Jae-Young Kim

PhD Project: Studies of nearest radio galaxies by global millimetre-VLBI observations

November 20, 2017

PhD Advisor: Dr. Thomas P. Krichbaum

Collaborators: Dr. R.-S. Lu, Prof. Dr. A.P. Marscher, Dr. I. Agudo, Dr. J.A. Hodgson, Dr. R.C. Walker, Prof. Dr. E. Ros, Prof. Dr. J.A. Zensus, and the EHT collaboration

PhD examination: September 11, 2018 (Mark: Summa cum Laude); Otto Hahn Medal of the Max Planck Society

The PhD project: Outflow phenomena are commonly seen in many compact astrophysical systems such as young stellar objects, micro quasars, and most remarkably, supermassive black holes (SMBHs) in active galactic nuclei (AGN).

AGN jets are particularly relativistic, extending from sub-pc to kpc scale from their central engine.  The most intriguing questions with regard to these systems are; (i) how the AGN jets are initially launched, (ii) by which mechanisms the jets accelerate up to superluminal speeds, and (iii) what is the role of the magnetic field in these processes. My PhD thesis project is focused on observational studies of nearest radio galaxies where images of the base of the jets can be obtained at ultra-high angular and spatial resolution with global mm-VLBI techniques (e.g., 50 micro-arcseconds = 7 Schwarzschild radii (Rs) for M 87).  Such high resolution observations particularly help distinguish several leading models for the jet formation and initial acceleration.

We have analyzed 86GHz Global mm-VLBI array (GMVA) data of radio galaxies M87 and 3C84 to determine physical properties in the jet base region such as the core brightness temperature, width of the jet nozzle, relative brightness of the counter-jet, and the linear polarization properties.  Participation of sensitive mm-VLBI stations such as the IRAM 30m telescope, phased Plateau de Bure interferometer, and the 100m Green Bank telescope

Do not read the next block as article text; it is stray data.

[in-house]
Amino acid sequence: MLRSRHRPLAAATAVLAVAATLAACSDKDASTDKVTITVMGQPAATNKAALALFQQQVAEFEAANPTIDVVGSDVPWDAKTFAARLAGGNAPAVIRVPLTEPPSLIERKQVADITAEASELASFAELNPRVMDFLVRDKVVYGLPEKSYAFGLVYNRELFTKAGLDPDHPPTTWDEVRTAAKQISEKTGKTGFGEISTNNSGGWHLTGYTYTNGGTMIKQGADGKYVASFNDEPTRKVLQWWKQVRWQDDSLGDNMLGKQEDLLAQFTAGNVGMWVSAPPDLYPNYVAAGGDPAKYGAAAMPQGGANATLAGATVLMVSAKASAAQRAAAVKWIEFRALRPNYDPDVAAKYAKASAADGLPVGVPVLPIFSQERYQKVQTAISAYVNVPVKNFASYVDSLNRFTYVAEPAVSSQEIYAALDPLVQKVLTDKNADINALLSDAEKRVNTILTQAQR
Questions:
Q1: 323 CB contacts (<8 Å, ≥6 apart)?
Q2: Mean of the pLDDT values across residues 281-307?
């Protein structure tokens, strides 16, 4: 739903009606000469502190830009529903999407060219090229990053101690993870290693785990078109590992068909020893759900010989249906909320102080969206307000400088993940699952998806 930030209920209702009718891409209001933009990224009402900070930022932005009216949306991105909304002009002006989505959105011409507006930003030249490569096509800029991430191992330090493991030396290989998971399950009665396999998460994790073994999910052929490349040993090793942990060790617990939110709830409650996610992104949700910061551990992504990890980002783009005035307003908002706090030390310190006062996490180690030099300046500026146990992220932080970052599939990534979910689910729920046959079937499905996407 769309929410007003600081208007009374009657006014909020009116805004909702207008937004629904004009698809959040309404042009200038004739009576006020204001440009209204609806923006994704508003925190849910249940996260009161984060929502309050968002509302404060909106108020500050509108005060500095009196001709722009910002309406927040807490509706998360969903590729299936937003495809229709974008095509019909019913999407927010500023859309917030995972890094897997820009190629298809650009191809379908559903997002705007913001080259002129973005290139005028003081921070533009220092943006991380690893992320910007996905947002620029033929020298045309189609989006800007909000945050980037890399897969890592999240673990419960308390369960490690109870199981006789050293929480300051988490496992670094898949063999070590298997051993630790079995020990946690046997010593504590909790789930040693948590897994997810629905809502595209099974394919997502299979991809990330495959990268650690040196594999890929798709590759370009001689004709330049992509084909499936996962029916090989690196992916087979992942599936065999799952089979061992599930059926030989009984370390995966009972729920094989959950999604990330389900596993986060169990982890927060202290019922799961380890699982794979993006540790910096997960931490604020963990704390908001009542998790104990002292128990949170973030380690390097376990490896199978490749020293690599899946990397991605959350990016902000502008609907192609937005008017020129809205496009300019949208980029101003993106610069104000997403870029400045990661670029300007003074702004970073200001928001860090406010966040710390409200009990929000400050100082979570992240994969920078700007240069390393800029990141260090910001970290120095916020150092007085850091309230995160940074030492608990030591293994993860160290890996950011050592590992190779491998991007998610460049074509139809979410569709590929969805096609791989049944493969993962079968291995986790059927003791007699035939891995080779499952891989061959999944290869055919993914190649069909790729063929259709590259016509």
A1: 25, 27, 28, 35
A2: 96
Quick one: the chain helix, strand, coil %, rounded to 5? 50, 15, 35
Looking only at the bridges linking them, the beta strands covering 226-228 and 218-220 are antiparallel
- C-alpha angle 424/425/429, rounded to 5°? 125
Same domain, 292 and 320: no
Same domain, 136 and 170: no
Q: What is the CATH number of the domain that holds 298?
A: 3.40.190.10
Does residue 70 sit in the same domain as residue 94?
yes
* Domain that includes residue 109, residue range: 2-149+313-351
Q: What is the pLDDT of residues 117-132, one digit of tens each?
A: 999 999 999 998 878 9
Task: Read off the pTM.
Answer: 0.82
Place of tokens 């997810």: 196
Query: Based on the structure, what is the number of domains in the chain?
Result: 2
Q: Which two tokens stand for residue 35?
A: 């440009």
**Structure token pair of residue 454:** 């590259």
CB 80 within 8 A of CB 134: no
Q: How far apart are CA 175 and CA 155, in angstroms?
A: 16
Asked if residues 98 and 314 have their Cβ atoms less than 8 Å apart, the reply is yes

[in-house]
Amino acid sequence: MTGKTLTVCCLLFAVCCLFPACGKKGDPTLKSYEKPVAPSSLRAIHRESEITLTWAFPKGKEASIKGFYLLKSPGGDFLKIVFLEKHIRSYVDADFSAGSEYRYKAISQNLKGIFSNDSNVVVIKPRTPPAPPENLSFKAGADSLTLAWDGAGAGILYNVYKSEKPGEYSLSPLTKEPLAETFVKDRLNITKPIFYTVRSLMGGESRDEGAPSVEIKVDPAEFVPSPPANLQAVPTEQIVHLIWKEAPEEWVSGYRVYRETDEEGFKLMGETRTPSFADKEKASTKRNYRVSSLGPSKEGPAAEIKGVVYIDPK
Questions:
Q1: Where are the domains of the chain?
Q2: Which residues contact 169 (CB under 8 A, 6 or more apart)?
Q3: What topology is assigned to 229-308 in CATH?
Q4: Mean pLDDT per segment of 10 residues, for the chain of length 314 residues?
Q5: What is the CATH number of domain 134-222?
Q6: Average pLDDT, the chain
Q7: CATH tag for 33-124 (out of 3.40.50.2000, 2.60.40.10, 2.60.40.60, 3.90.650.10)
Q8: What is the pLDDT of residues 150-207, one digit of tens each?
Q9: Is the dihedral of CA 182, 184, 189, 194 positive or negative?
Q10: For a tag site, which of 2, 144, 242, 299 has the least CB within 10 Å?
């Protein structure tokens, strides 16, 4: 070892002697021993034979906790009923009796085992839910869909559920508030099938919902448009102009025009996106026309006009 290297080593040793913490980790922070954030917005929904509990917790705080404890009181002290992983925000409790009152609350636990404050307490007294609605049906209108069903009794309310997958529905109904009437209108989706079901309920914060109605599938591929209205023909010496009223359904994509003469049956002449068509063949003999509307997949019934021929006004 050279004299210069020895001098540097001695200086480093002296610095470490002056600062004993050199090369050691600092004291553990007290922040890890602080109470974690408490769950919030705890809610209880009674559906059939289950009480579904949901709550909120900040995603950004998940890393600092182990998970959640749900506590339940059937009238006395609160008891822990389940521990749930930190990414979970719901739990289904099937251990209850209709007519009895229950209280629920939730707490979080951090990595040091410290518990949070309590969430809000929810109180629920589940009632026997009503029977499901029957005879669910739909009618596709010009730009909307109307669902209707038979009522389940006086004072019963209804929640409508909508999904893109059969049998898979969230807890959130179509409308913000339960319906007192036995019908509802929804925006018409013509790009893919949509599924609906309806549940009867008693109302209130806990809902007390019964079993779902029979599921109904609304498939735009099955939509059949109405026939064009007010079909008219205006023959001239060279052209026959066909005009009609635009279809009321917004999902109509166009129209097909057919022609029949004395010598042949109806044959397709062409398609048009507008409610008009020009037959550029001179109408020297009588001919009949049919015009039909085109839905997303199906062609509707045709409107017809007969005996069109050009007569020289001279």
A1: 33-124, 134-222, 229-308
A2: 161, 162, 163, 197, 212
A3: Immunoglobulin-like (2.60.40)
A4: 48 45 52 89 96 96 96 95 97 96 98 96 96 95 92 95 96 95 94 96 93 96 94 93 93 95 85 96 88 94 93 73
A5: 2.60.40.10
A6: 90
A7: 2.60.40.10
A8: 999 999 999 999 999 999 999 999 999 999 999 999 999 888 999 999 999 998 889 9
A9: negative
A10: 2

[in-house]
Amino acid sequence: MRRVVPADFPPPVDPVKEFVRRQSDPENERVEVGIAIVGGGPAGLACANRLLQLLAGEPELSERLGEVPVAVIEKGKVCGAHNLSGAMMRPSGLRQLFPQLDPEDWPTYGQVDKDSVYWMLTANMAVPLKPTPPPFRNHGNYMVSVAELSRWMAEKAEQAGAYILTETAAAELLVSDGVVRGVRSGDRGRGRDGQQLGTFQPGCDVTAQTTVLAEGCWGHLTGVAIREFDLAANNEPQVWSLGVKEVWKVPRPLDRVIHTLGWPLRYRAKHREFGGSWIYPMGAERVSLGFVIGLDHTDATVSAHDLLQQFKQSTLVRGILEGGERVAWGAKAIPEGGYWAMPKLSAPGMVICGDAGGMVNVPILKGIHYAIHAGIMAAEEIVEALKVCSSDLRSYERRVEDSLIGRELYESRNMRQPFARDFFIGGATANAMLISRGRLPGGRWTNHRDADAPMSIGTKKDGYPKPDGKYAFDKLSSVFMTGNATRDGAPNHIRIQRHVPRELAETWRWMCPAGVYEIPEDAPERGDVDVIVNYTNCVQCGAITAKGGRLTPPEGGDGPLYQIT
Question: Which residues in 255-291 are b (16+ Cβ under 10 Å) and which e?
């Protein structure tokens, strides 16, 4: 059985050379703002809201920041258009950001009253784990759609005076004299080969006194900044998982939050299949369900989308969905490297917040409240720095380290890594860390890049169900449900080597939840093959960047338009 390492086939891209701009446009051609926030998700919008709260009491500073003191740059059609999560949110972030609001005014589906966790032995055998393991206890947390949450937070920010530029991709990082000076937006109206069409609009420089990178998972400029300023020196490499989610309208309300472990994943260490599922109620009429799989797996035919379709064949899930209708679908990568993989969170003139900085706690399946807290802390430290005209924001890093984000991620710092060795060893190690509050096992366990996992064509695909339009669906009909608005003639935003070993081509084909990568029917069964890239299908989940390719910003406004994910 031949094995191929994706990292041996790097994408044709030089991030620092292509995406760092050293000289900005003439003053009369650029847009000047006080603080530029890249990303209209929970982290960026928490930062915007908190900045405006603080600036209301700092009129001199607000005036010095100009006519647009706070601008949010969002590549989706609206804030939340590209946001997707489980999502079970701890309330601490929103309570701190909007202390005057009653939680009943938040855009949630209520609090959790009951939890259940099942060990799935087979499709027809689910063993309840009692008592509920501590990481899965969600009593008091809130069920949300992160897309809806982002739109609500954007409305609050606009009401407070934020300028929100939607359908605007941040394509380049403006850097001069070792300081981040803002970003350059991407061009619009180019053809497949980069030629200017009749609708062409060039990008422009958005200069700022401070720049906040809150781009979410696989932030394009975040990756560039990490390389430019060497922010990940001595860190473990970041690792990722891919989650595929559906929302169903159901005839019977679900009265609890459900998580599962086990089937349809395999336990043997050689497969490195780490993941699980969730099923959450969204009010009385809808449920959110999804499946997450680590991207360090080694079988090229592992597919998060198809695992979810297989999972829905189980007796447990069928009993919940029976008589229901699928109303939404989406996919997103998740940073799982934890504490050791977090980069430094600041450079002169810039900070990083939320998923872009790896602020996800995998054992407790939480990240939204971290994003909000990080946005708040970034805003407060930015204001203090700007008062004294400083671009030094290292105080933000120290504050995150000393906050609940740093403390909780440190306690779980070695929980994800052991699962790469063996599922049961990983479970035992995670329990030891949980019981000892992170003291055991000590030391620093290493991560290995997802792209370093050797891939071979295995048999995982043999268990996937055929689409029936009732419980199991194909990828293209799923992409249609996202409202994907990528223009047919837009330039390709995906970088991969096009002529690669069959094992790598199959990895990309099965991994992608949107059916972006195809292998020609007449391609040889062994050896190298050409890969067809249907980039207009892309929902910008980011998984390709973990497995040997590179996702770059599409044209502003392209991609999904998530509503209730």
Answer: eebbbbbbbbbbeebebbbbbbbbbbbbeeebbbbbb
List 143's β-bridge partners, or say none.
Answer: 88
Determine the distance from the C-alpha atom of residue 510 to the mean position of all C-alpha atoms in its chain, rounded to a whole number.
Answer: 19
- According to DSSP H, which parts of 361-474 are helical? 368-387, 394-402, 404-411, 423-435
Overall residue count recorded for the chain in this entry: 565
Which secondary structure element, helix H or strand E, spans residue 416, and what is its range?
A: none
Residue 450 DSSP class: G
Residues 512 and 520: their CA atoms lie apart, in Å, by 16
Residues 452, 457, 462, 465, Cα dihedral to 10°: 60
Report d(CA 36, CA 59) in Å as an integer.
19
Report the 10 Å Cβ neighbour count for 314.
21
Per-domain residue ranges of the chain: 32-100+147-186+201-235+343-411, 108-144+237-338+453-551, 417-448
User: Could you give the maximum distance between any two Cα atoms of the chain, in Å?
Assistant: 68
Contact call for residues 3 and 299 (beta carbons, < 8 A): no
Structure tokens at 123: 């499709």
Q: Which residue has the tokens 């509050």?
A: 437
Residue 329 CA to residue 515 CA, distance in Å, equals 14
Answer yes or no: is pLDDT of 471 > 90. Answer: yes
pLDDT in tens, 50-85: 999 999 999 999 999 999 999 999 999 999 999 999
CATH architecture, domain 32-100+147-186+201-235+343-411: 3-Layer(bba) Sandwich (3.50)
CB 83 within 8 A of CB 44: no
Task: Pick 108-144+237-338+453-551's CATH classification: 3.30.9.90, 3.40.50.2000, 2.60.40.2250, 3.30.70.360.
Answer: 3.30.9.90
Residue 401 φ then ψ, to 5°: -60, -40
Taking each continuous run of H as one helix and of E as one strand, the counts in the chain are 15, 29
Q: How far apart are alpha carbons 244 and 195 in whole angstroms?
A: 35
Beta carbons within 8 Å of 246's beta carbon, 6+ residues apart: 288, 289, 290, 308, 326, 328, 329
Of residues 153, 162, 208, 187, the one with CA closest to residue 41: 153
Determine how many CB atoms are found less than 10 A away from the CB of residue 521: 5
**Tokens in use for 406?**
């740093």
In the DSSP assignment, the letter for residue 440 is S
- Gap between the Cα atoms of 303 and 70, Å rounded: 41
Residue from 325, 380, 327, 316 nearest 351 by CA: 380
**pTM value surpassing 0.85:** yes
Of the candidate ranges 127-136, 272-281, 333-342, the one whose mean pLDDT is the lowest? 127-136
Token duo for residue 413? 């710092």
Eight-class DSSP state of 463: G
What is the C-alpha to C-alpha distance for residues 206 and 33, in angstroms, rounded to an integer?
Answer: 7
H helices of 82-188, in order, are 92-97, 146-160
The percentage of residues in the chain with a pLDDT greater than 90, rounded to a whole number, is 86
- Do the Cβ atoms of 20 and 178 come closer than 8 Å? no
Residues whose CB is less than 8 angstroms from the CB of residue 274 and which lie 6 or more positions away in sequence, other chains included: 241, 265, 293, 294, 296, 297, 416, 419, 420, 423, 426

provided the source images at unprecedented sensitivity and resolution.  Overall results from our analysis prefer magnetic energy dominated jet launching from inner portion of the accretion disk.  However, complex transverse intensity profile of the innermost jet and frequency dependence of linear polarization suggest presence of multiple plasma layers with intrinsically different physical properties (e.g., different magnetic field strength and particle density) and possibly their different origins.

I also partially contribute to the Event Horizon Telescope (EHT) project by supporting activities related to the test of new imaging algorithms for the forthcoming 230GHz VLBI data.

About me: I come from Korea where I attended a regional high school and got interested in astronomy as a physical science.  I studied rapid radio flux variability of active galactic nuclei at short mm-wavelengths as a BSc thesis project at Seoul National University.  Later, I earned my MSc degree in the same university in early 2015 by multi-frequency spectral and polarimetric VLBI studies of selected AGN using the Korean VLBI Network (KVN) at 22, 43, 86, and 129 GHz.  With the main interest of studying the AGN jet systems at the highest resolution by global mm-VLBI, I joined the VLBI group at the MPIfR as an IMPRS PhD student in August 2015.  The PhD thesis was successfully completed in october 2018, obtaining the maximum possible note (Summa cum Laude), and received the Otto Hahn Medal of the Max Planck Society in june 2020.

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